Incitor and the Birth of a New Low-Cost Fuel Molecule
by Jim Lane (Biofuels Digest) A new drop-in, low-cost, high-octane fuel molecule? How does that work, and why, and when? How does it change the energy independence equation? Today, the Digest visits Incitor to find out about Alestron.
…Back in 2008, there was a flurry of coverage of a new class of fuel molecules that could be made affordably from cellulose – the furans. There was some exciting work at Berkeley. Companies like Avantium and Lignol were working with one member of that class, furfural. Raven Biofuels had a process that landed it briefly in the 50 Hottest Companies in Bioenergy.
The efforts didn’t pan out as hoped – primarily, the companies simply couldn’t shake enough of the costs out of the process, and had more promising near-term technologies to focus on.
But the idea was most intriguing.
First, the processes didn’t lose carbon by producing CO2 as a byproduct of fermentation.
Second, they generally produced a fuel molecule with around 120,000 BTUs (around the same as gasoline), that could safely run in 50 percent blends with gasoline or diesel.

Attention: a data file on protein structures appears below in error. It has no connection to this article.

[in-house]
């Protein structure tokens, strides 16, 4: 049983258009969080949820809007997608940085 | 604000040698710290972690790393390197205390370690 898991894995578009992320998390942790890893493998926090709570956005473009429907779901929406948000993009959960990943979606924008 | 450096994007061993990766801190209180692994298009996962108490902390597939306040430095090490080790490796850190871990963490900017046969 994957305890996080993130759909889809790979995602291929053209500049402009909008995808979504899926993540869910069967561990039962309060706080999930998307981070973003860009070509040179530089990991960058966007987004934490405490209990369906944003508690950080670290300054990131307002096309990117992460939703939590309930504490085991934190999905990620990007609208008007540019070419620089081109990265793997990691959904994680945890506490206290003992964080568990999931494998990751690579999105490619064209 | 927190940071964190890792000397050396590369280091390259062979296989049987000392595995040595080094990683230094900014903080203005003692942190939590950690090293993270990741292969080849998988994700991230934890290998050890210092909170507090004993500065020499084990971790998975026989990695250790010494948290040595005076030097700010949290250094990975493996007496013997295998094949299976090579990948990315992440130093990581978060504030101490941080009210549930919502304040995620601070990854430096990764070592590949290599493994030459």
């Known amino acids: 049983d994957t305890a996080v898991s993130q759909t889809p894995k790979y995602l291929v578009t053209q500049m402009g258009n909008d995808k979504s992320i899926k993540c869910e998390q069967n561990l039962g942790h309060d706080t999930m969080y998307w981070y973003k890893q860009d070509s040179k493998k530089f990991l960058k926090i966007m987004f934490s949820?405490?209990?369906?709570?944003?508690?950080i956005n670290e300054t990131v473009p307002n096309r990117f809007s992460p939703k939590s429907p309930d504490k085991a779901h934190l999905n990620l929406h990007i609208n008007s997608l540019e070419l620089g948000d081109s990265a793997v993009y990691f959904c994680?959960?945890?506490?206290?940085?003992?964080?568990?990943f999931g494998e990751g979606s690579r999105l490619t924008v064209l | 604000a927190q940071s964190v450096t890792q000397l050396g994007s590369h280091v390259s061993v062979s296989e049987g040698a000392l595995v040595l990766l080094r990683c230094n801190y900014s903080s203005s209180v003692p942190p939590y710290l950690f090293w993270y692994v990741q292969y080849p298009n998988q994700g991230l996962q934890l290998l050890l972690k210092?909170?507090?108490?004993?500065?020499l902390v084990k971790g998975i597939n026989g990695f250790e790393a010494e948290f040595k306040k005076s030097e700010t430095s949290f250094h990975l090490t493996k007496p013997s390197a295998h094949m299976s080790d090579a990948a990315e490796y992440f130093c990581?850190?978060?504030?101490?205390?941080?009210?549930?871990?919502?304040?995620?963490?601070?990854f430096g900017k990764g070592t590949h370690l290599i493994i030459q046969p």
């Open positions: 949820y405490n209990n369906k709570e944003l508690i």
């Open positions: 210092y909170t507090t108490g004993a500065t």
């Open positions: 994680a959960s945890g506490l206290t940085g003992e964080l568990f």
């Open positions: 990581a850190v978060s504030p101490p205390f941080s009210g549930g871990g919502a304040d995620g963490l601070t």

Third, they used ethanol as a feedstock for the second step in a two-step conversion process – thereby giving you a path for getting around the E10-E15 ethanol “blend wall”.
Now, along comes Incitor. This intriguing company aims for some of the same chemistries, and a cost of $2.25 per gallon for a fuel that it has dubbed Alestron (which it produces from a process that also yields companion chemical market molecules, including ethyl levulinate). All based on a modeled cost of $75 per tonne of biomass.
…Part of Incitor’s magic? They are using an organic catalyst – no expensive rare-metal catalysts that have to be recovered as completely as possible due to their high costs, requiring a whole recovery system to be designed into the overall process. And, a low-temperature process, which shakes out much of the energy cost.
You can read more about Incitor’s process here.
…Incitor’s process works with “corn stover, wheat straw, woody waste, solid waste, algae, or pretty much any sugar containing biomass,” the founders say.
Intriguing, that algae option – generally, that means residual algae biomass after the lipids are extracted – as sugars are the target here. READ MORE